10 tips for writing your cover letter

How to get yours perfect

As online application forms become more prevalent, fewer graduate employers now ask candidates for a good old-fashioned cover letter. But many still do, and there's no excuse for getting it wrong. Your cover letter is an important part of the application process because it's your chance to introduce yourself to a potential employer and convince them that you're the right person for the job. And this is how you do it, in ten easy steps...

1. Research and preparation

Make sure you have a clear understanding of what the job entails and what the recruiters are looking for before you start writing. Research the role and the company online, and check whether it's holding any events at your university. If clear details of the job aren't provided, call the HR team to find out more.

2. Formal format

In most cases you'll send your cover letter by email rather than by post. There's some debate about whether it's now acceptable to write your cover letter in the body of an email, rather than as a formal business letter. But, to play it safe, The Gateway recommends sticking to tradition, particularly if you're applying to a City firm. Write your cover letter in Microsoft Word using a formal template and then attach it to an email. Recruiters will receive hundreds of applications, so remember to name the document something sensible. We recommend the Name_Role_Cover letter.doc format.

3. Structure clearly

Try to find out the name of the person who will look at your application and address your letter to them. If you can't find out who this is, address it to the head of the department you're applying to. In the first sentence you should introduce yourself and say what position you are applying for. Next, explain what interests you about the job and the firm. Then, outline why you are right for the role, using examples to back up your statements. Finally, summarise your key points and end the letter positively. Tell them how you look forward to hearing from them, or perhaps that you look forward to discussing the role at interview.

4. Less is more

Don't waffle. Your cover letter should be clear and concise, and never longer than one side of A4. If it's too long, recruiters will lose interest and all your hard work will be bound for the bin.

5. Don't rehash your CV

If someone is taking the time to read your cover letter, it's because they liked what they saw on your CV. So don't just repeat the same information - tell them more and convey your enthusiasm for the job in a professional manner. Make a checklist of everything the role requires and be sure to address every point in your cover letter.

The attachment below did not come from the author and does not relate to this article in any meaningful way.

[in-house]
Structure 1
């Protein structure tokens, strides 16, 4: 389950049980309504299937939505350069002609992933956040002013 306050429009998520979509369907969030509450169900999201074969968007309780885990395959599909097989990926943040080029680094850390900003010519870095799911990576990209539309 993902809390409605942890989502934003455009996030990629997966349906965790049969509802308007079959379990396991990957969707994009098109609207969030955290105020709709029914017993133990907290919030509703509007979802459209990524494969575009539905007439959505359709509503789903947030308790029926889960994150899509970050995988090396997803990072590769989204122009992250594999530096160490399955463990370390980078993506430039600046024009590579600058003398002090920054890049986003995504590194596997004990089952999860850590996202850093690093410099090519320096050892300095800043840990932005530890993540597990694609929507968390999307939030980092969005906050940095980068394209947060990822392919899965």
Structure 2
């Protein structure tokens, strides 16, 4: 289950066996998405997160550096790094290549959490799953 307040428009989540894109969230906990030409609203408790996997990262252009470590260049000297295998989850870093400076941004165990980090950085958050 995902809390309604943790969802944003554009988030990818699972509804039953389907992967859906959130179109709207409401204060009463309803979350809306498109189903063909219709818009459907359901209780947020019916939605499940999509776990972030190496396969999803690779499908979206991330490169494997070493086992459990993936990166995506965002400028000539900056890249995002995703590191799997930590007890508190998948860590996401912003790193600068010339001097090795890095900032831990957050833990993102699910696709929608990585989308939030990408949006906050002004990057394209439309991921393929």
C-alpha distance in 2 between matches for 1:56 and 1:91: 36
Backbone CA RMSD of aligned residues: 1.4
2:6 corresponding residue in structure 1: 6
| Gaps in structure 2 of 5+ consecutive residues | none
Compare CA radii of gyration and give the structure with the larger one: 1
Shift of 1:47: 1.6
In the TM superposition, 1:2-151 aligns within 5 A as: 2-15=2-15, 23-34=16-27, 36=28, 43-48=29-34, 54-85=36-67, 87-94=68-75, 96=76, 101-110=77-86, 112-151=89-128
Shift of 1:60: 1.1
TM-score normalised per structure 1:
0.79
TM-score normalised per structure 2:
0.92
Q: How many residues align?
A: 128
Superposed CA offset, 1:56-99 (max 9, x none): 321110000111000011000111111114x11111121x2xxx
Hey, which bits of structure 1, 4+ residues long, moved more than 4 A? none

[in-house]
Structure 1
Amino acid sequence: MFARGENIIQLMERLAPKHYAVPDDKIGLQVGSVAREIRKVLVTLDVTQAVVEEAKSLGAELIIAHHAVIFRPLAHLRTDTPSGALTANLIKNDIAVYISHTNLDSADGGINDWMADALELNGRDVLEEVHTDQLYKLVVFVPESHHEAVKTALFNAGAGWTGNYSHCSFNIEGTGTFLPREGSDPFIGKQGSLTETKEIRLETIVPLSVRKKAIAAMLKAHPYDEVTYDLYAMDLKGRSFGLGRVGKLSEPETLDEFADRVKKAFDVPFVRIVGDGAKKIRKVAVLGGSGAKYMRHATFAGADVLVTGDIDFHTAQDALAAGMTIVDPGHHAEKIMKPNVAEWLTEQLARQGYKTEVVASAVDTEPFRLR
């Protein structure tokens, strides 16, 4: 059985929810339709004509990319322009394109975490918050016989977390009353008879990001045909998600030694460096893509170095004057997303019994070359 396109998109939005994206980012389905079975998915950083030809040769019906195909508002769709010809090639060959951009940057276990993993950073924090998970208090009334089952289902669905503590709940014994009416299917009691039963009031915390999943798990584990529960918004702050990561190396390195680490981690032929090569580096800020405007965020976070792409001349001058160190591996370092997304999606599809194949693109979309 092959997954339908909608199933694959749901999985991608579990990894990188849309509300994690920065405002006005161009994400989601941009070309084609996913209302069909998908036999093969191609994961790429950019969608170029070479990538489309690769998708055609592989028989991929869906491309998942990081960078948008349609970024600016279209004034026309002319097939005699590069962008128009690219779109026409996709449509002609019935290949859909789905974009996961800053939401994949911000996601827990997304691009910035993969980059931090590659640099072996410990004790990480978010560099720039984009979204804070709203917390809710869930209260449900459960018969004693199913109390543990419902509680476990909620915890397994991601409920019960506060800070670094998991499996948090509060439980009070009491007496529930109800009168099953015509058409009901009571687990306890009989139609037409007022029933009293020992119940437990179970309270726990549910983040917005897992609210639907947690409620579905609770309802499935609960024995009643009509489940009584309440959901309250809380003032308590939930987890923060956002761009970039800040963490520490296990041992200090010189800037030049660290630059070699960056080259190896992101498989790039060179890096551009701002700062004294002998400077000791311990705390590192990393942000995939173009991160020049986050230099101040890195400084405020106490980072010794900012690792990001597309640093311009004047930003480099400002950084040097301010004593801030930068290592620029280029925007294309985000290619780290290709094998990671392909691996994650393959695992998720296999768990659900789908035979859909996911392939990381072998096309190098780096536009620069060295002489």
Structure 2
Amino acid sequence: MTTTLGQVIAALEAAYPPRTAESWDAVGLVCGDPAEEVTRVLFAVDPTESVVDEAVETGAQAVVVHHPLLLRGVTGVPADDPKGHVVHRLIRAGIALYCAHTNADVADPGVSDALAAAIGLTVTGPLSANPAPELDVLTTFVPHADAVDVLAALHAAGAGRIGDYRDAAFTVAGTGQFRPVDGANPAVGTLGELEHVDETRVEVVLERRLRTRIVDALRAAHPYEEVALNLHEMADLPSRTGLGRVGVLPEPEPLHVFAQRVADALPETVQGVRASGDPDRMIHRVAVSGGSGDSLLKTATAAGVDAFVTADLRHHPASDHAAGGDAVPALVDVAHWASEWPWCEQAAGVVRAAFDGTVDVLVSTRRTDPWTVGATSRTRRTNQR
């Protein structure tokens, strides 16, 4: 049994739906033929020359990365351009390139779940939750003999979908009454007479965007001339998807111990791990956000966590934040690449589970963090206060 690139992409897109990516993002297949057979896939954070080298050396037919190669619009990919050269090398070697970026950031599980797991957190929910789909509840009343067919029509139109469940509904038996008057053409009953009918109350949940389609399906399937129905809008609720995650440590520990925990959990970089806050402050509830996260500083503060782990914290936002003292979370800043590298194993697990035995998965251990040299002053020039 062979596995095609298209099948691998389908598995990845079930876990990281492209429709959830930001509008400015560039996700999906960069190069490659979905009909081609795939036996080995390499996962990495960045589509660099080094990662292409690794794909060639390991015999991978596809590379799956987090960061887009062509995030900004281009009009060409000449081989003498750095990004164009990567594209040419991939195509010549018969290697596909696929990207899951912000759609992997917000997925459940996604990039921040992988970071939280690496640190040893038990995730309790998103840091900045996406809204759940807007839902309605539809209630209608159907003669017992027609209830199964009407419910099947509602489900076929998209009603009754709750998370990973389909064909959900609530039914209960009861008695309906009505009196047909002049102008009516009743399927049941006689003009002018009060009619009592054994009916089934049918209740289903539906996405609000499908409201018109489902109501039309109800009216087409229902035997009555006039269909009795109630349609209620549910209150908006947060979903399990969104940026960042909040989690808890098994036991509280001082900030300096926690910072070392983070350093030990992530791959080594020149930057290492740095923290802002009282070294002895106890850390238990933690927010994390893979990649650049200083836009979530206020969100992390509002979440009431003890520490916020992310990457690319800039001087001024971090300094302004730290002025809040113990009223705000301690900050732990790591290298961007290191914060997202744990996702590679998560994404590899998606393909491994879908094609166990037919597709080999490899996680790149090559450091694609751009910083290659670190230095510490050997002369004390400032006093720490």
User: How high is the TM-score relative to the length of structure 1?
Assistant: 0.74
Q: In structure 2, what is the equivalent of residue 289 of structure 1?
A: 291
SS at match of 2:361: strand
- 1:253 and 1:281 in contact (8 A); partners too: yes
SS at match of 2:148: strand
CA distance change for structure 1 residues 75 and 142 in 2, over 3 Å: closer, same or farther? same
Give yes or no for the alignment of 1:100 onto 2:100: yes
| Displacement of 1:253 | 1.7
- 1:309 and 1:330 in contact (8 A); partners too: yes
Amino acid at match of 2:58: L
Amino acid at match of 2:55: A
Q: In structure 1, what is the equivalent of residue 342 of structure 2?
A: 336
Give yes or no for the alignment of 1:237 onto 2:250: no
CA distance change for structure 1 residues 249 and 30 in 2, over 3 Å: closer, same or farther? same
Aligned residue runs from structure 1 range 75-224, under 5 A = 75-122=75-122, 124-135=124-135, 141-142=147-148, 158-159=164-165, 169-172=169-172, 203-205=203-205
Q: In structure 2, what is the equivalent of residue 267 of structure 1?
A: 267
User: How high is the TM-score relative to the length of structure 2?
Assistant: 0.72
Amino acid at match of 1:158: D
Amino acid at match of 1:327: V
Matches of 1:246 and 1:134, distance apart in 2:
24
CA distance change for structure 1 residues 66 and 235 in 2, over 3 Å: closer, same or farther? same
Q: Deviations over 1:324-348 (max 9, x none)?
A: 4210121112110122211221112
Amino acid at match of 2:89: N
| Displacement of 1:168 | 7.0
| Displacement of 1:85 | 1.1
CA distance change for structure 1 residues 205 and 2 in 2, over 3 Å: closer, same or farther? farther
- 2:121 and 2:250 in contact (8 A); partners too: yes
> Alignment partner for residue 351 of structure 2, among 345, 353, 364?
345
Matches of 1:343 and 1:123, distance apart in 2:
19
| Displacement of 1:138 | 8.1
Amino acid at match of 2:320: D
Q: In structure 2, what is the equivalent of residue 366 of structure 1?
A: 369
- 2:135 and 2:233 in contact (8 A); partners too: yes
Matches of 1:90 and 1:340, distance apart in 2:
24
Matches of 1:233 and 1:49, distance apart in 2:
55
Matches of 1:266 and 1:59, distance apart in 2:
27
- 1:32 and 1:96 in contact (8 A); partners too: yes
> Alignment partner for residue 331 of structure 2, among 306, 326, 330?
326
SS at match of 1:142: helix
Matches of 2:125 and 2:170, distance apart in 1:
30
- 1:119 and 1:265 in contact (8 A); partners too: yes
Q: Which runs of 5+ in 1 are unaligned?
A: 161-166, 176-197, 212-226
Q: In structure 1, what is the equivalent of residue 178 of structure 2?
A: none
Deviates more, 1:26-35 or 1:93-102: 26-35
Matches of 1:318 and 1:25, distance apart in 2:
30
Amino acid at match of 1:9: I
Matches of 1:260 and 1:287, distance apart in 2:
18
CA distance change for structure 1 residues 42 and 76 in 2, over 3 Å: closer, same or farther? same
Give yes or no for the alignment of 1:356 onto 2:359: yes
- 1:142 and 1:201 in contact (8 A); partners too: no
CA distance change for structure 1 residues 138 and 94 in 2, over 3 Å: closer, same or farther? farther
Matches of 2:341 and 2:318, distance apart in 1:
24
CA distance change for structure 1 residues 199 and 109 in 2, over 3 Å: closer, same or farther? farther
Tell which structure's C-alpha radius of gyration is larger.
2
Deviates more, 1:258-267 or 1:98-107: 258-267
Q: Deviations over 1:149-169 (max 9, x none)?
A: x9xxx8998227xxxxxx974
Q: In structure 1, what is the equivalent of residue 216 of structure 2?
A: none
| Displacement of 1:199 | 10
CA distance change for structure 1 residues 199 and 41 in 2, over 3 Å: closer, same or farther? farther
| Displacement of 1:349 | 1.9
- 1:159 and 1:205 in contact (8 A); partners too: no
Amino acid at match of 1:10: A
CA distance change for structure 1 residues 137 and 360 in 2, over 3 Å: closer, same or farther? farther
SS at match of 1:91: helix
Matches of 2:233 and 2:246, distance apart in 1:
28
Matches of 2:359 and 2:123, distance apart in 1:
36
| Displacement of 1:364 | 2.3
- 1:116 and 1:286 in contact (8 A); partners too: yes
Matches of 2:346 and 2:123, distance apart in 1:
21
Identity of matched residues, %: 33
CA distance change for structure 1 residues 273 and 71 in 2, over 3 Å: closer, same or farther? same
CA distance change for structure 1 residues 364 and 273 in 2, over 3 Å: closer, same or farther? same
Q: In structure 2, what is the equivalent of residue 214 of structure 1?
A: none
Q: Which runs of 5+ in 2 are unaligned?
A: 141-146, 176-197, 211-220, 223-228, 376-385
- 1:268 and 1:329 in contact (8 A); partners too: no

6. Tailor to the firm

Your cover letter shouldn't be a catch-all blurb that has done the rounds of all the firms in your chosen sector. Show you've done your research by explaining why you'd like to work for that company in particular. Don't regurgitate something from its website, but mention an interesting deal you read about in the news or an employee you spoke to at a company presentation.

7. Ask not what they can do for you...

Yes, you're trying to sell yourself to an employer, but it's important to strike a balance. Be careful not to overstate your brilliance or come across as egotistical by starting every sentence with "I." And remember, employers are more interested in what you will bring to role and firm, than in what you'll gain from getting the job.

8. Avoid technical jargon

Don't fall into the trap of using complex language and technical terms you don't understand - it won't impress recruiters. Explain your interest in the industry by using simple language and use your experience of doing an internship, reading an interesting article, or speaking to employees at a company presentation rather than showing off your ability to use jargon.

9. Copy and paste at your peril

Writing a cover letter from scratch for every application sounds time consuming, but it really is the best way. The Gateway has heard countless stories of cover letters that refer to the wrong firm or are littered with typos and inaccuracies when paragraphs are pasted together from here and there. It may seem like an easy option, but beware of the hazards.

10. Check spelling and grammar

As with your CV, triple-check your cover letter. Spelling errors and grammatical mistakes look unprofessional, lazy and careless - and they give recruiters a good reason to discard your cover letter, especially if you're applying for a position in which attention to detail and written communication are important.

Photo: Darwin Bell ( https://www.flickr.com/photos/darwinbell/)